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(very) weird question about vocals

Discussion in 'Miscellaneous [BG]' started by Thomas Kievit, Jan 17, 2014.

  1. Thomas Kievit

    Thomas Kievit Guest

    May 19, 2012
    So there was this question that came in my mind. Maybe someone could explain it to me.

    Thing is, I've been wondering what would happen if a band would change his vocalist that sings in a different key than the previous one.

    For example : Jens Kidman (Meshuggah) sings in Bb. Let's say he would leave the band and they would get somebody who sings in E.

    What does this mean for their old songs with Jens? Cause if I'm correct, the singer indicates in which key a band plays, right?

    So if this would be a big change for the singer, does this mean they have the play the older songs in a different key or does stay the same?
  2. KeddyLee


    Nov 12, 2013
    They would keep the songs in their original key unless the vocalists range couldn't accommodate it. For example, Rush now plays The Temples Of Syrinx in D instead of E because of Geddy's age. Of course, they just grab guitars tuned down a whole step.
  3. thetaxmiser

    thetaxmiser Supporting Member

    Feb 23, 2002
    Sonoma County, CA, USA
    Not so much a particular key. More a question of the vocalists range...can they hit the highest or lowest notes in a given tunes current key.
  4. Gorn

    Gorn Supporting Member

    Dec 15, 2011
    Queens, NY
    Do singers in bands only sing in one key? Doesn't it depend on the song? I'm not a vocalist and I'm barely in a band, so I have no idea.
  5. KeddyLee


    Nov 12, 2013
    No. Singers sing in whatever key the song is in, as long as they can hit the notes.
  6. generation zero

    generation zero

    Jul 24, 2012
    Are there singers who know what notes they are singing, or what key the song is in? I haven't run across any of those yet... LOL!
  7. One of the downsides of being a vocalist. As you get older, your range drops, no matter how careful you are with your voice. Being a singer myself, I can't hit the same high notes as easily now at age 49 as I could when I was 25. Sucks actually but what can you do. At least an instrumentalist should be able to play as well at 60 as they did at 20 (barring arthritis/carpal tunnel/back problems etc)
  8. Thomas Kievit

    Thomas Kievit Guest

    May 19, 2012
    xD it's like you can read my mind xD

  9. Thomas Kievit

    Thomas Kievit Guest

    May 19, 2012
    Okay, well I have seen some bands that had a singer that was just not getting along with the band. Mostly the singer was too high pitched.. Is this a mistake from the rest of the band or just a wrong singer at the wrong band?
  10. KeddyLee


    Nov 12, 2013
    Wrong singer. Now if you brought a female vocalist in to sing Johnny Cash tunes, then there you go.

    Every band has some lower songs and some higher ones. That is why vocalist with a good 3+ octave range get work. What kind of stuff is your band playing?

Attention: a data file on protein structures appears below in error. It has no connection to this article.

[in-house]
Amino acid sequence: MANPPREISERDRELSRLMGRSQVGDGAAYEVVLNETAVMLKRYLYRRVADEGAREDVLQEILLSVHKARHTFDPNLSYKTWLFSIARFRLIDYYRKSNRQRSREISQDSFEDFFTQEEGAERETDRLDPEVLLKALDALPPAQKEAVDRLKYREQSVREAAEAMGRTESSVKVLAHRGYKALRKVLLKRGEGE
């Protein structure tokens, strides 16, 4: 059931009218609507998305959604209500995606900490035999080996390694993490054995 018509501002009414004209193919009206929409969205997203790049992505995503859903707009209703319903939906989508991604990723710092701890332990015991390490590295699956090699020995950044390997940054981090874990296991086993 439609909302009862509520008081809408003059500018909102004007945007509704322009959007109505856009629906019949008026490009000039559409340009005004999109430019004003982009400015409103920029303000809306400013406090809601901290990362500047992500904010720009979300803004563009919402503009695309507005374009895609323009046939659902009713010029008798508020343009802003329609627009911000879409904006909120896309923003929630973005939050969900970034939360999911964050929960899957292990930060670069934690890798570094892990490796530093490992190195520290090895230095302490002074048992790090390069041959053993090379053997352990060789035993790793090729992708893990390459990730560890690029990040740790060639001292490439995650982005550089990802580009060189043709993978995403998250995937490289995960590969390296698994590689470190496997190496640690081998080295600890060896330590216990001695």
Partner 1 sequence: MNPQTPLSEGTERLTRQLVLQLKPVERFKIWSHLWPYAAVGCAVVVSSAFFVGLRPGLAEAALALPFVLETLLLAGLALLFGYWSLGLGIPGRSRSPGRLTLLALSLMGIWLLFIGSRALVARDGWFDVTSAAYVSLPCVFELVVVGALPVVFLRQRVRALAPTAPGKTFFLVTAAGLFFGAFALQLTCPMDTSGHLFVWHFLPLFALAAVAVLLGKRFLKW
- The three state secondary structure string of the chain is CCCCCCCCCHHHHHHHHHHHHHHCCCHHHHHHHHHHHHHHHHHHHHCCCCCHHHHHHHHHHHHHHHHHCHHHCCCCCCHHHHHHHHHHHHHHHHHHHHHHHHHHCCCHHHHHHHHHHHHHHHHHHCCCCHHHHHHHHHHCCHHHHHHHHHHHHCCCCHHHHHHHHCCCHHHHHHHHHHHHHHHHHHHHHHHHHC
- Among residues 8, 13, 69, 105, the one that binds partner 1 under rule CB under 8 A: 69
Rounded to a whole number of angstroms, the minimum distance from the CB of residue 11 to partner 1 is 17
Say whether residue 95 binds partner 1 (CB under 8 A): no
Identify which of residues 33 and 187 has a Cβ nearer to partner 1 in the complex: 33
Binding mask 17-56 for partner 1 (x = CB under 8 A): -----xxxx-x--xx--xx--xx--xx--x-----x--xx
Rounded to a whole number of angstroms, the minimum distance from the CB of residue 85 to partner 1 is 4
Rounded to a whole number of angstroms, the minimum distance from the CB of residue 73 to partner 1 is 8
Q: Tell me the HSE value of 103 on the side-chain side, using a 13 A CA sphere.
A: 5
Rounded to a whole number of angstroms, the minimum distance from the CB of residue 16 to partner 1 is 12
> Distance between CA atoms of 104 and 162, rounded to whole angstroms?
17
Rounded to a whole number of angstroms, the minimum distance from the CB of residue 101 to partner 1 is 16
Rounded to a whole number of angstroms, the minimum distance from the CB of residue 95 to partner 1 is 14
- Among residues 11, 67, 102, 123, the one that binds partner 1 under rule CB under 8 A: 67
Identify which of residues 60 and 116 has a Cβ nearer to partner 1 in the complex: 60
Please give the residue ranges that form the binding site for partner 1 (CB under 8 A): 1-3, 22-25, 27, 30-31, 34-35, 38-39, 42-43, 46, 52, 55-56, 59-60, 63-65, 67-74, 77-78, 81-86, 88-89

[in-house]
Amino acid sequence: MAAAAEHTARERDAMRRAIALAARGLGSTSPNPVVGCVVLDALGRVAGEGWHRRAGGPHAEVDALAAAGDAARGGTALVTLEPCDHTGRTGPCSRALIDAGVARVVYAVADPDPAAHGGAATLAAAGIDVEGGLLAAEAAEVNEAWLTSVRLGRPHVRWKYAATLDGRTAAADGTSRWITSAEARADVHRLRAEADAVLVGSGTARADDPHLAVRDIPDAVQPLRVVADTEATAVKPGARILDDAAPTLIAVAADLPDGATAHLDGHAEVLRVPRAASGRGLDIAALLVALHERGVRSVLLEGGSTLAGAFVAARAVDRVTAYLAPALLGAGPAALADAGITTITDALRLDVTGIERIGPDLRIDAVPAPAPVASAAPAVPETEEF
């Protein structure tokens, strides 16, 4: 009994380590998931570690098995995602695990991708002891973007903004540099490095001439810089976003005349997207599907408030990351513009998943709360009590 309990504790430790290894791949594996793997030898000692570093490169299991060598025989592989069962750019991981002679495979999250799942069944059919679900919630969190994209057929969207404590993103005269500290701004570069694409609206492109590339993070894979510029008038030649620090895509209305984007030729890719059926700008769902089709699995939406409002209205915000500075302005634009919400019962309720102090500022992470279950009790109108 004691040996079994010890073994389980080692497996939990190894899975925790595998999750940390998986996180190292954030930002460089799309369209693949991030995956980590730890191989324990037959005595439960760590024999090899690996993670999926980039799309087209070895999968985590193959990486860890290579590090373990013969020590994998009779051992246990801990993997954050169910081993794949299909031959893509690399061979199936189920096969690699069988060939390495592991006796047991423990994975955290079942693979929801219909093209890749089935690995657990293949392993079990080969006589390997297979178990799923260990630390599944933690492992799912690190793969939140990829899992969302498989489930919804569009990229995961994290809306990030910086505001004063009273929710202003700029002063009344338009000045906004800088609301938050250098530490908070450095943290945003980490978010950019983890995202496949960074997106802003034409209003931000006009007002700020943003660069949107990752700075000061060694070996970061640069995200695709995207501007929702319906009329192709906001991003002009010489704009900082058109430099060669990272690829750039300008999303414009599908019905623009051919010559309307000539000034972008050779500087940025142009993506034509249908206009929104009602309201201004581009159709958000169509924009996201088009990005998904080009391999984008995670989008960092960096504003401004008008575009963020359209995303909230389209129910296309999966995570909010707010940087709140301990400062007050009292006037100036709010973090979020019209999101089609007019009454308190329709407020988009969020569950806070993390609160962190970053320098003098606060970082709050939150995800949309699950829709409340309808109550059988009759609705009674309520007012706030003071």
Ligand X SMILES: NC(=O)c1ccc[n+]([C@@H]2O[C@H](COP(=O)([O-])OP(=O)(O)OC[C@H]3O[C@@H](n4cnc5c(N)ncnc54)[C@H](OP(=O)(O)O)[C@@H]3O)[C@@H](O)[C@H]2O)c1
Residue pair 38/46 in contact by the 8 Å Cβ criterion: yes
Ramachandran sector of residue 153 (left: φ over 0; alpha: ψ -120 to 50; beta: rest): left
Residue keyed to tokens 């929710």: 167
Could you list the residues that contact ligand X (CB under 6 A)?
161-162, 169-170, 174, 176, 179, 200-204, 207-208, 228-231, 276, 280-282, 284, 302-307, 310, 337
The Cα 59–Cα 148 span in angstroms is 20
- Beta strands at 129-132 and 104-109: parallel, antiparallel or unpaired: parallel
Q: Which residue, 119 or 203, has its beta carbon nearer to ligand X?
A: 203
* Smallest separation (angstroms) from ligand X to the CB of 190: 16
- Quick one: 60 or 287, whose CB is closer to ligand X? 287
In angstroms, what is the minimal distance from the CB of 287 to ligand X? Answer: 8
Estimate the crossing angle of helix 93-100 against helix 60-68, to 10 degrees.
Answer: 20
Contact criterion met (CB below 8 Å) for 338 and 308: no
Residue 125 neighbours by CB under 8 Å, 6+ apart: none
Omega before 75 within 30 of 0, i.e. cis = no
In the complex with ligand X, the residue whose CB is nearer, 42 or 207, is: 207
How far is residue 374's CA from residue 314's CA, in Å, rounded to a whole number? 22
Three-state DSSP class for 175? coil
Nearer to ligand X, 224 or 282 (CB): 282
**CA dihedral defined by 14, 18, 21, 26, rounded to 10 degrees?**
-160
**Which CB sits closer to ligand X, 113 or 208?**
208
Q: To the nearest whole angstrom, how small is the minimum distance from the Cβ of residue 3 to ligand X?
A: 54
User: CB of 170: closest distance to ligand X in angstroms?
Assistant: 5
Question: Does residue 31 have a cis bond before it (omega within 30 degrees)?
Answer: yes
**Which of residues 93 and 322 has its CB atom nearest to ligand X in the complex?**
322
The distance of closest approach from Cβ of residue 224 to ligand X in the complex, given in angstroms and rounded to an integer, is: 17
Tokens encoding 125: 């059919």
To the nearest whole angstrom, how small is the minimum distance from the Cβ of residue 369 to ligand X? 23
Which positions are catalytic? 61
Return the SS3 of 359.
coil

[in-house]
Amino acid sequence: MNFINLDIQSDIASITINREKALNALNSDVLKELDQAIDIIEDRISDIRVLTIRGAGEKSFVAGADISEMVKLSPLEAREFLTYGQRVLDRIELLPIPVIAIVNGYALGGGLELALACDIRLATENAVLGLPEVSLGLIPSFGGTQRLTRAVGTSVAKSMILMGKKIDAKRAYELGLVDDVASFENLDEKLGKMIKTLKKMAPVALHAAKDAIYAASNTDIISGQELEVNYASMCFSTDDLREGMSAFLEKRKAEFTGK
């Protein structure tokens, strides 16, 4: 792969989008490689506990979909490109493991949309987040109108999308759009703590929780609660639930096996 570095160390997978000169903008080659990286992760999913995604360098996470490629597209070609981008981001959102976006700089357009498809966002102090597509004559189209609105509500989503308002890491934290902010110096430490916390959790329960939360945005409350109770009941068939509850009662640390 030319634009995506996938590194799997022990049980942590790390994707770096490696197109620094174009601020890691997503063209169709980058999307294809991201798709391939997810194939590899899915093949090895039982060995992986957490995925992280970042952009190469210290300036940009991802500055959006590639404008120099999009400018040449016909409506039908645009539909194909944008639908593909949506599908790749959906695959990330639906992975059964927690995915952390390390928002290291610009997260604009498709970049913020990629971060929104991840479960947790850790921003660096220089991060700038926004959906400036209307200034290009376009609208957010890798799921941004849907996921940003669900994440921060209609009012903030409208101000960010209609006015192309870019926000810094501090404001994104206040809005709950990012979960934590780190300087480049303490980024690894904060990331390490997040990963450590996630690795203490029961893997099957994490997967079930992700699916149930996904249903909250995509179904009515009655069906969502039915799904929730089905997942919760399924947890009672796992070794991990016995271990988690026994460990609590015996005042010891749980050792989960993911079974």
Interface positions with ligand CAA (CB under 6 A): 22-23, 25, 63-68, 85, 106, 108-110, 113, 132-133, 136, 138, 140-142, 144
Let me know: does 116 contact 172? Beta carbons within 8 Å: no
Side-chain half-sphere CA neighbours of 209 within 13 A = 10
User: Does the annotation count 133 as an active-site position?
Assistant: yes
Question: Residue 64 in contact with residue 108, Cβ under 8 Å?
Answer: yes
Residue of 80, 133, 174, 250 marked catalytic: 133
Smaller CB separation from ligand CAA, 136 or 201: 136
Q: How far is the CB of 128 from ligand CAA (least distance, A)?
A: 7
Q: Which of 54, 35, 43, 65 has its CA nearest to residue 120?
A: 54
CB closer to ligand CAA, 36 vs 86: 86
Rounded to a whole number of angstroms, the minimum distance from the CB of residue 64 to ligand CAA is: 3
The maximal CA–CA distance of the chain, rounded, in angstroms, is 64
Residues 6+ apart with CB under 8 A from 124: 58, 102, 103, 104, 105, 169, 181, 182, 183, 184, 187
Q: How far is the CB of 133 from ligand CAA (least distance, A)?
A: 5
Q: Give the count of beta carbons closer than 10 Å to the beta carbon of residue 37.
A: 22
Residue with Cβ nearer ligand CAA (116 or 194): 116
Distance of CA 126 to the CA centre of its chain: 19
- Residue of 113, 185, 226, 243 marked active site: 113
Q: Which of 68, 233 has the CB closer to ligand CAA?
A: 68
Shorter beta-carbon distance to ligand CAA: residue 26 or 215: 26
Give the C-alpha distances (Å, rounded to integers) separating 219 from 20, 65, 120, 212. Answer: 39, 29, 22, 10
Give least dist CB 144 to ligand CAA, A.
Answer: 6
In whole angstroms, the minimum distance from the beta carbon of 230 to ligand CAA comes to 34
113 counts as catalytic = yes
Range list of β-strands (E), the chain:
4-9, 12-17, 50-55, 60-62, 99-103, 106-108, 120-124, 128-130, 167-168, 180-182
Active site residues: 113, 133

11. Thomas Kievit

    Thomas Kievit Guest

    May 19, 2012
    I used to play some Progressive Metal stuff. We mainly played in Drop A. We had a singer that could keep up really well but after we had another singer it just wasted.

    Way too high pitched and we eventually didn't knew how it would work out. So we stopped with that and every now and then we do some instrumental stuff only in rehearsel stages though :p

  12. Itzayana


    Aug 15, 2012
    Oakland Ca
    If you can only sing in one key, you are not a vocalist.
    Maybe you are a singer but not a vocalist.
    A vocalist has the ability to use voice as an instrument.
    Would you want a keyboard player, a guitar player, horn player, or a bass player who could only play in one key? Of course not. Everything would sound pretty much the same.
  13. KeddyLee


    Nov 12, 2013
    Keep looking. The right vocalist will come around. Good luck.

    Don't change the keys of your music though. Prog is tough enough on its own. No need to make it harder.
  14. Thomas Kievit

    Thomas Kievit Guest

    May 19, 2012
    I will in the future ;) We're a bit busy at the moment : work / house / travelings etc. etc. But we sure will look out for the right one, thanks a lot! :)

  15. Thomas Kievit

    Thomas Kievit Guest

    May 19, 2012
    I've seen some threads here on TB about people who play in bands who can only play in one or two keys :p

    I remember a man told me that his guitar players only (could) play in C and G.. Kinda weird, not?

  16. duff beer

    duff beer

    Dec 2, 2007
    Bob Seger recorded Night Moves in G#. Youtube videos from performances 10 or so years ago are in G. Last year he was on The Voice and sang it in F#.

    Same artist, and he has performed the song in 3 different keys over the years.
  17. MatticusMania

    MatticusMania LANA! HE REMEMBERS ME!

    Sep 10, 2008
    Pomona, SoCal
    I would say almost the exact opposite here.

    Id think a singer would have the ability to sing in multiple keys, or with some range.
    Whereas a vocalist would have the ability to use voice as an instrument, even if that instrument only has a one octave range.
    Those guys who growl out cookie monter "vocals" in metal bands arent singing, but theyre using their voice as an instrument.
    Back when I had a terrible voice I'd never refer to myself as a singer, but as a vocalist.

    If that makes sense.